Basic Reading Inventory (BRI)

The Basic Reading Inventory (BRI) is administered to all students in grades 2-12 throughout the year. All students are tested in the fall and spring with some students being tested in winter. These results are analyzed by the Building Leadership Team and trendlines of progress are created to assess student achievement toward reading comprehension, fluency (rate of reading), and accuracy (pronunciation).

Iowa Tests

The Iowa Assessments have replaced the Iowa Basic Tests which were called ITBS and ITED.

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Armed Services Vocational Aptitude Battery (ASVAB)

What is the ASVAB?

The Armed Forces Vocational Aptitude Battery is a series of tests developed by the Department of Defense in the 1960s. Until recently, the battery consists of 10 individual tests of the following subjects: Word Knowledge, Paragraph Comprehension, Arithmetic Reasoning, Mathematics Knowledge, General Science, Auto & Shop Information, Mechanical Comprehension, Electronics Information, Numerical Operations, and Coding Speed. In December 2002, DOD eliminated Numerical Operations and Coding Speed from the ASVAB, and added a new section titled "Assembling Objects."

There are currently three versions of the ASVAB. Results from any one of them can be used for military recruiting purposes.

High School Version. The "High School Version" is officially called "Form 18/19." It's a paper-based ASVAB commonly given to juniors and seniors in high school through a cooperative program between the Department of Defense and the Department of Education. The test is offered at more than 13,000 high schools and post secondary schools in the United States. The primary purpose of this test is not for enlistment in the military (although the test scores can be used for military enlistment). The primary purpose of this test is to help school counselors and students discover where a student's basic aptitude lies. Approximately 900,000 students take Form 18/19 ASVAB each year.

Paper ASVAB for Recruiting. The paper version of the ASVAB used for military recruiting is officially known as "Forms 20-22." This version is given by the Armed Forces for enlistment purposes only. While the questions on the high school version and the recruiting version are different, they are equal in difficulty. Few people take the paper recruiting version of the ASVAB these days because most folks interested in joining the military take the computerized version of the ASVAB at the Military Entrance Processing Station (MEPS).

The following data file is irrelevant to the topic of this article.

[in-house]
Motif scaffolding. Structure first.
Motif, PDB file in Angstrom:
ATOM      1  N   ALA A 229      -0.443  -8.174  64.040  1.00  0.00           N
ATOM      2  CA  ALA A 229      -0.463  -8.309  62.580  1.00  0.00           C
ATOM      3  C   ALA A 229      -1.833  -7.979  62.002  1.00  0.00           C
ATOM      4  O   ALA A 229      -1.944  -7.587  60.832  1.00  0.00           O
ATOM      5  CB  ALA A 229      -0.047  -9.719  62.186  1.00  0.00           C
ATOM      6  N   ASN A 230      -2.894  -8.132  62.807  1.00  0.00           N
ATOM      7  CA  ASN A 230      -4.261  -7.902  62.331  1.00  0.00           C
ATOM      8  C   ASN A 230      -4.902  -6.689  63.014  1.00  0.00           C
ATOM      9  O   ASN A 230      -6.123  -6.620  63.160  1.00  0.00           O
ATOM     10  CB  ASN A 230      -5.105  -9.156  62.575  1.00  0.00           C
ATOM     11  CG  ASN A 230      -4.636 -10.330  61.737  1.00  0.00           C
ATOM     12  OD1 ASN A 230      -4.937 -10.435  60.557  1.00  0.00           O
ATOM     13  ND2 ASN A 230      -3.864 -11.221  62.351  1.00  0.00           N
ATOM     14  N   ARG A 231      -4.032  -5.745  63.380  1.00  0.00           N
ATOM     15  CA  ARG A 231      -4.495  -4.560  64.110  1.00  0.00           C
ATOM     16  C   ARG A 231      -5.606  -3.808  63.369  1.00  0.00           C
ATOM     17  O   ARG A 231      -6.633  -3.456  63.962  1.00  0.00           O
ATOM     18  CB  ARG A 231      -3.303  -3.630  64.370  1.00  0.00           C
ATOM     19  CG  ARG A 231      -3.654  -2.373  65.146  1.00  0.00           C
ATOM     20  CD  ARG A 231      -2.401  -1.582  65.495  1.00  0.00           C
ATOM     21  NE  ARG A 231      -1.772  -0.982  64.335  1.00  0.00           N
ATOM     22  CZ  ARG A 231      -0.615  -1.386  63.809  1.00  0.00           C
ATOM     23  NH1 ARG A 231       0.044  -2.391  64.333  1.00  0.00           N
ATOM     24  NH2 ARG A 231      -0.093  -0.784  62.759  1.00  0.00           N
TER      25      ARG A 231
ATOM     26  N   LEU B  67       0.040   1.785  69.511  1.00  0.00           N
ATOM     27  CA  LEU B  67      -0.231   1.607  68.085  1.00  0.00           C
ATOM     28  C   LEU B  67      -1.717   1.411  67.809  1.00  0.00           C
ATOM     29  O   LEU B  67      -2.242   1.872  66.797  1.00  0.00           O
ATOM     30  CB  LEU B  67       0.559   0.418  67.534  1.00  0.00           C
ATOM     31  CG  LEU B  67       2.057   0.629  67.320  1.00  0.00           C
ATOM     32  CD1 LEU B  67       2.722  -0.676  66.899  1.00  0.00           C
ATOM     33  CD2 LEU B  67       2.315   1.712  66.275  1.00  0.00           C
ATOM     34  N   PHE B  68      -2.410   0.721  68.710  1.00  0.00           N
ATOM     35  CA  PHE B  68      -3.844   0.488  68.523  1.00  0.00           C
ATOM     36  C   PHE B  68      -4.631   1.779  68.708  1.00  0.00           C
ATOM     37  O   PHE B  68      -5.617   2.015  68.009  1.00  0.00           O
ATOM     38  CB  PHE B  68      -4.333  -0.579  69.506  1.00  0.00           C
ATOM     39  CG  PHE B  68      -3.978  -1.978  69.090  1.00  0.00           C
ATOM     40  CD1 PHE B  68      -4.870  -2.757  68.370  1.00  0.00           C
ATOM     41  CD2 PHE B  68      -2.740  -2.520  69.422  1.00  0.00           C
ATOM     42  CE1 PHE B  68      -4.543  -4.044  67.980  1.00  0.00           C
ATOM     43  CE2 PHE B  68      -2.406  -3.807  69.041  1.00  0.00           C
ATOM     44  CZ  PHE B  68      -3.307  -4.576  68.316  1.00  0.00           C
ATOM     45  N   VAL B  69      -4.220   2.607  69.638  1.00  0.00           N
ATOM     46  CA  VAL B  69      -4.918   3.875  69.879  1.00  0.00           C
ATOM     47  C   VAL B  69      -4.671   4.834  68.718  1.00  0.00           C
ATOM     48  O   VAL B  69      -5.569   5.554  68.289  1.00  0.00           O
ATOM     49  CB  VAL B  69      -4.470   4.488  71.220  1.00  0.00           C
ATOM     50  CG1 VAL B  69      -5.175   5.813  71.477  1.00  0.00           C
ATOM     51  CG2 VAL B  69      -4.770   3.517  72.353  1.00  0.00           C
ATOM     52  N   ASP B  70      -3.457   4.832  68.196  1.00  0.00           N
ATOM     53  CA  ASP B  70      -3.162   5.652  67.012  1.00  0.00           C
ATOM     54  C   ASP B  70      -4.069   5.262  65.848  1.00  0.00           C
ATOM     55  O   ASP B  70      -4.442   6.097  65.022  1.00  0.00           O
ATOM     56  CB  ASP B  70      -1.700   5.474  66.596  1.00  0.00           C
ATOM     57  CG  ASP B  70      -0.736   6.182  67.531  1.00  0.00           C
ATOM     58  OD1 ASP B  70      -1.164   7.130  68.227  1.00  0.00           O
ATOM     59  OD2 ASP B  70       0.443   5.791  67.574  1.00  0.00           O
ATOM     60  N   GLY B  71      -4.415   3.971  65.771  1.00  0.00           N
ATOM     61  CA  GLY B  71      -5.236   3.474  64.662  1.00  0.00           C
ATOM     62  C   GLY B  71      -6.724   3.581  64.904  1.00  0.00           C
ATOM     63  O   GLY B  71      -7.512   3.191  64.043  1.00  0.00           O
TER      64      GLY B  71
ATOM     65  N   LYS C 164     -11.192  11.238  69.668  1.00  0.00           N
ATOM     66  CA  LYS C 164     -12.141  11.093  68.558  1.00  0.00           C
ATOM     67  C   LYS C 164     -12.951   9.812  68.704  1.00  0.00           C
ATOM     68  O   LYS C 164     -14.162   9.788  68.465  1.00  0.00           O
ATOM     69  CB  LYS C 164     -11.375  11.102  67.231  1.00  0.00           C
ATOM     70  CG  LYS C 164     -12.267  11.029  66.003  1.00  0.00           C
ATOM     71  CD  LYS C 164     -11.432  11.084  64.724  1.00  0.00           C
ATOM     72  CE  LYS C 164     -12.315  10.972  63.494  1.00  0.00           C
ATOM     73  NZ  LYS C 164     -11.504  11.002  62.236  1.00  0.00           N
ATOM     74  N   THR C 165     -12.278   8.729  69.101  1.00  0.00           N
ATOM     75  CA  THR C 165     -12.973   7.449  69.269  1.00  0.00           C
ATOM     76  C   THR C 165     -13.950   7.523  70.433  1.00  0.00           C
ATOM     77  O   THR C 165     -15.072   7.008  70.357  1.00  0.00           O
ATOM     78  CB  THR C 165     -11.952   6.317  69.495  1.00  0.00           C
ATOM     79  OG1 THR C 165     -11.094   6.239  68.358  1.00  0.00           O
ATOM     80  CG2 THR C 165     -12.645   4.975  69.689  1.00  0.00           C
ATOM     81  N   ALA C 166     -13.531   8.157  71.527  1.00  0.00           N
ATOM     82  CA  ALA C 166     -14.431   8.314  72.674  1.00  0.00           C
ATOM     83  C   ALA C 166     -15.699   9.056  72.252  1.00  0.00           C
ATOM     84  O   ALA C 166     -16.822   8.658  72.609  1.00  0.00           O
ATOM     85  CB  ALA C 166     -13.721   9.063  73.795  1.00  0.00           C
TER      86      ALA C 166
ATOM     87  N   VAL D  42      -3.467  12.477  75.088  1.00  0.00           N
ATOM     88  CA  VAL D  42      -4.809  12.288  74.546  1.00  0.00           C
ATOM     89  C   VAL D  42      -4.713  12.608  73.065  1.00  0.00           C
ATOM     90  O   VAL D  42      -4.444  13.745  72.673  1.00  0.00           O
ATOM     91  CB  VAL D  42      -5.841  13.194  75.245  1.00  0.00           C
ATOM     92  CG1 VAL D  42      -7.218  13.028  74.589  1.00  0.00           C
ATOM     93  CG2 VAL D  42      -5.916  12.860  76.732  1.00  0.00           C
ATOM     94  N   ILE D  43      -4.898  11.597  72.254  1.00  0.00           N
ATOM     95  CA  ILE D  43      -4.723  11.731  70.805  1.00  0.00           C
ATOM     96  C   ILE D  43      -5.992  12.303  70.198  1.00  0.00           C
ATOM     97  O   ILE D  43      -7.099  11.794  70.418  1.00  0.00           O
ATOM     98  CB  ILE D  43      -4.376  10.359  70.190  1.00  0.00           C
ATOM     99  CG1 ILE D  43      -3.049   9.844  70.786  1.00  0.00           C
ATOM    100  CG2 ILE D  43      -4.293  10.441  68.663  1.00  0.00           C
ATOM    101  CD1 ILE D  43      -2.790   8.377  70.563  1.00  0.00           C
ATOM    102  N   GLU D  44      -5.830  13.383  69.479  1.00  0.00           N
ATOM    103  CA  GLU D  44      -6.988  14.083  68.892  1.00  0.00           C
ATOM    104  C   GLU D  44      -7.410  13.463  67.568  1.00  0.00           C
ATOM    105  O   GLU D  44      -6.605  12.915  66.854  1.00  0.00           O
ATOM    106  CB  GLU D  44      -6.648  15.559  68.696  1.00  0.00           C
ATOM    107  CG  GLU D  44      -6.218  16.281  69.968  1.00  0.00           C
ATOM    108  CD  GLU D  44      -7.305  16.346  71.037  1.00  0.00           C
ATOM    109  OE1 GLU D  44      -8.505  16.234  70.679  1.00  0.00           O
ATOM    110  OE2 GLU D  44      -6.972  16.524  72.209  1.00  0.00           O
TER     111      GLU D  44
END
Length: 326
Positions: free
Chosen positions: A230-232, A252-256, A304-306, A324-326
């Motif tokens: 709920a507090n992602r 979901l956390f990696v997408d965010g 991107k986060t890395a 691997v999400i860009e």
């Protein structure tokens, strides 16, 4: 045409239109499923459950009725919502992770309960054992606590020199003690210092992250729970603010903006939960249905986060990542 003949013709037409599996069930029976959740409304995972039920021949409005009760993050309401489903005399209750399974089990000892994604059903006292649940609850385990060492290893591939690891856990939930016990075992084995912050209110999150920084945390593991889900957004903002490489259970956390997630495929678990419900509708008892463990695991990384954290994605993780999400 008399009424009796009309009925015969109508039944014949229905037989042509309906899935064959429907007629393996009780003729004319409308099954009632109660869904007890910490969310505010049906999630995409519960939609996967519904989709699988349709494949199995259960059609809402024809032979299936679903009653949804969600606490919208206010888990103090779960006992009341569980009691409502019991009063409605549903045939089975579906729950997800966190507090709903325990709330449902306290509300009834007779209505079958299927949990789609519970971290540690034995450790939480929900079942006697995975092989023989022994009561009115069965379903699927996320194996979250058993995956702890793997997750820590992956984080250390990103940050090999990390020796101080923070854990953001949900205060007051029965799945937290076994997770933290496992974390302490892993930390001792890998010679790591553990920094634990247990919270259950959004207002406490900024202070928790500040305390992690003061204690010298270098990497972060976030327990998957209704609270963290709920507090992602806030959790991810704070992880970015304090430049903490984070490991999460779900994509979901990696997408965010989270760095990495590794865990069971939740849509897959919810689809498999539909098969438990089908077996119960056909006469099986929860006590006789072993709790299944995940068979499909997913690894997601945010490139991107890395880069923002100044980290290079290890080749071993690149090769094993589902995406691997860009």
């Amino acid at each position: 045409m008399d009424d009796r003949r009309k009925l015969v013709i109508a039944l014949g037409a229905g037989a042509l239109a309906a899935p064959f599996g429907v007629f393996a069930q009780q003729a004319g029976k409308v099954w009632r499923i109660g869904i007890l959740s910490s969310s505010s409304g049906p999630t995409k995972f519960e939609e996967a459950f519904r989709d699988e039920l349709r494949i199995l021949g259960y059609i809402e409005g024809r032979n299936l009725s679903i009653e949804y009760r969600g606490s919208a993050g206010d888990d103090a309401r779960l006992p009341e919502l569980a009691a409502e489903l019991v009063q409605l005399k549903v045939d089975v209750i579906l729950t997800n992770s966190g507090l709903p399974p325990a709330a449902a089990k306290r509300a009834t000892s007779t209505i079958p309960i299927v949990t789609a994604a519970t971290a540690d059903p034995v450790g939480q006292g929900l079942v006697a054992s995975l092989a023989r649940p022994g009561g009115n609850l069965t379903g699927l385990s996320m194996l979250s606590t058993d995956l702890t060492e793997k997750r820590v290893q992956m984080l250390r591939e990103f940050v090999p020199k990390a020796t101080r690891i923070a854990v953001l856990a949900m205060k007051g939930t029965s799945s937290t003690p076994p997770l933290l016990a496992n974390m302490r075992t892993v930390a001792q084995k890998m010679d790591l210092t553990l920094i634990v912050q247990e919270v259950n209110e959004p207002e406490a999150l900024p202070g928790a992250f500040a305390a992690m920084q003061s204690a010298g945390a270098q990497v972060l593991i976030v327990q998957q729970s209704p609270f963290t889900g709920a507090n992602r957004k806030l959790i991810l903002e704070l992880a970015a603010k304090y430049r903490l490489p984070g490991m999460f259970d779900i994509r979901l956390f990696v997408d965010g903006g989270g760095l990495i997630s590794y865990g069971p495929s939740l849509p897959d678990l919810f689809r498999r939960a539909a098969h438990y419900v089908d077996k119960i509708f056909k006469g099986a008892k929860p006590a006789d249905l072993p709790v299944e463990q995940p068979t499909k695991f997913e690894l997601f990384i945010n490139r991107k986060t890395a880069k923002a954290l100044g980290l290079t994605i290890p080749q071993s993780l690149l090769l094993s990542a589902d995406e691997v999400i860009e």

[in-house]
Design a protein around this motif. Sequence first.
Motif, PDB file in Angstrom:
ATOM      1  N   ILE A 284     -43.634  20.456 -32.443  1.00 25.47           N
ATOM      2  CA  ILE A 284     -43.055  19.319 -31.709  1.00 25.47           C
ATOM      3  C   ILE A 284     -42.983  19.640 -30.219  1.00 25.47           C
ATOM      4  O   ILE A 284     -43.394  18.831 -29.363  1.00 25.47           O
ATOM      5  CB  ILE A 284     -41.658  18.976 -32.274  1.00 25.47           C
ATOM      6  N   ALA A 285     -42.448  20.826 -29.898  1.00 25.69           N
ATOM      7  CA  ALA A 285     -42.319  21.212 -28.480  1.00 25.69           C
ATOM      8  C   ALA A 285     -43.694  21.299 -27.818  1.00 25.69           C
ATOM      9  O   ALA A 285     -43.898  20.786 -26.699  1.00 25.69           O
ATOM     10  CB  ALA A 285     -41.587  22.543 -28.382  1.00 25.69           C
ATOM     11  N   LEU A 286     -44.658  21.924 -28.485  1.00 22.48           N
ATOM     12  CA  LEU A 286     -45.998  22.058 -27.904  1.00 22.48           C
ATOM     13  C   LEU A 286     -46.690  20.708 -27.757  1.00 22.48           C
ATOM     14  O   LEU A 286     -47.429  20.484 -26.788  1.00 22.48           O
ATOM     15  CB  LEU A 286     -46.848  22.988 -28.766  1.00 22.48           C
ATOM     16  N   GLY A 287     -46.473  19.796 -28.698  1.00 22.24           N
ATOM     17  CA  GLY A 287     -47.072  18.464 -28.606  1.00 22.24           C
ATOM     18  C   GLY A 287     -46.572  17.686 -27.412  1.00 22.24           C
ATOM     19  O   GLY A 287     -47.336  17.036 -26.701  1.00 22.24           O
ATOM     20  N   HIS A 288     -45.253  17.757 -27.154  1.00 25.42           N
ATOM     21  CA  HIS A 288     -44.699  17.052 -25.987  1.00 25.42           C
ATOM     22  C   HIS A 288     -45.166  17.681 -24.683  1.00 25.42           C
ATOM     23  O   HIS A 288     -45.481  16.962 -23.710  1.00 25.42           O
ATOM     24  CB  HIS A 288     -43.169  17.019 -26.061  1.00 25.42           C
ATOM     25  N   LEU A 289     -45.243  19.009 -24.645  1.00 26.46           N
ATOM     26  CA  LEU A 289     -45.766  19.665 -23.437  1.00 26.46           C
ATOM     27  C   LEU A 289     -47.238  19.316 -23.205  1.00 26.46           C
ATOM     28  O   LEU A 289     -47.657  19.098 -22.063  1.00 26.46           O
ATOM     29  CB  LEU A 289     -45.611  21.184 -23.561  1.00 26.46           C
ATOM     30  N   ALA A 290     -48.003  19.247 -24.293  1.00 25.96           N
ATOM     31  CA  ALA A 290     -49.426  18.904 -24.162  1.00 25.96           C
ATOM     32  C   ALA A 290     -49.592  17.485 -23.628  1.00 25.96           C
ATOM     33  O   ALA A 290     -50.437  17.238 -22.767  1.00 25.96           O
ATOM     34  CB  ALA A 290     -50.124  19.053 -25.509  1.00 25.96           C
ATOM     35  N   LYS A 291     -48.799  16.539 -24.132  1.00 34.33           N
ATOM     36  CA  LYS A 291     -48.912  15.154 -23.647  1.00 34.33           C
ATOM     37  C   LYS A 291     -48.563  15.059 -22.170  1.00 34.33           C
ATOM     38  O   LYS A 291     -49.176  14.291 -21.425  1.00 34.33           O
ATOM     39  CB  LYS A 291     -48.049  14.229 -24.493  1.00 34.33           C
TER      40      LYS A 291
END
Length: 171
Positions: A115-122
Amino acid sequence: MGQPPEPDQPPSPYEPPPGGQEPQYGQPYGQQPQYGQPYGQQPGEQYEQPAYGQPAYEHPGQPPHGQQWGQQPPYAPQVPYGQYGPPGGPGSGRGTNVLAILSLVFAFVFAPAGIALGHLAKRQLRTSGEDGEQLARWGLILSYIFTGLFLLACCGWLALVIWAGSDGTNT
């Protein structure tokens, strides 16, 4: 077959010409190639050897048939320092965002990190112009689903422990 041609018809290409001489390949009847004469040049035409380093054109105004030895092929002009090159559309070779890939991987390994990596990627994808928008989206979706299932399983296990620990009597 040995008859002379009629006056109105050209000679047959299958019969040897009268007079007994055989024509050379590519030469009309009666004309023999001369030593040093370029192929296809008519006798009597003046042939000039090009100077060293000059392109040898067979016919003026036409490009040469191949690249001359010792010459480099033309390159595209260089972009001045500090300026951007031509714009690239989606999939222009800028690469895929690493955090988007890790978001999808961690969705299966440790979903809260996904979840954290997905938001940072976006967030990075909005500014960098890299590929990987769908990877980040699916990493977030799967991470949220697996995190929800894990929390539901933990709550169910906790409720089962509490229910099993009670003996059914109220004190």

CAT-ASVAB. The third version of the test is the CAT-ASVAB, which is a computerized version of the Forms 20-22 ASVAB. As each question is answered on the computer screen, the computer automatically selects the next question. Most people find that they score better on the CAT-ASVAB than they do on the paper-versions. This is because, for overall ASVAB score calculation (not individual line scores), the mathematics knowledge (MK) and arithmetic reasoning (AR) questions on the ASVAB are "weighted," with harder questions worth more points than easier questions. On the CAT-ASVAB, when one gets an answer right, the computer automatically selects a more difficult question (worth more points). If one gets a question wrong, the computer selects an easier question for the next question.

The ASVAB is not an IQ test. It does not measure intelligence. The battery of tests were designed specifically to measure an individual's aptitude to be trained in specific jobs.

History of the ASVAB

The Army began general testing of draftees during World War I. In order to provide a means of classifying draftees, the Army developed the Army Alpha Test, which consisted of 212 multiple-choice and true/false questions on the following subjects: vocabulary, sentence structure, arithmetic problems, number series, general knowledge, and "common sense."

When it became apparent that many draftees could not read or write, and therefore could not be properly classified using the Army Alpha Test, the army developed the Army Beta Test, which minimized verbal knowledge and used only pictures and diagrams.

During World War II, the Army replaced the Alpha & Beta Tests with the Army General Classification Test. This test consisted of 150 questions on the following topics: vocabulary, arithmetic problems, and block counting. More than 9 million recruits took this test during World War II. Interestingly, the tests showed that only 63 percent could read/write above a third grade level.

During this time, a completely separate "aptitude test" was being administered by the Navy (The Air Force was still part of the Army).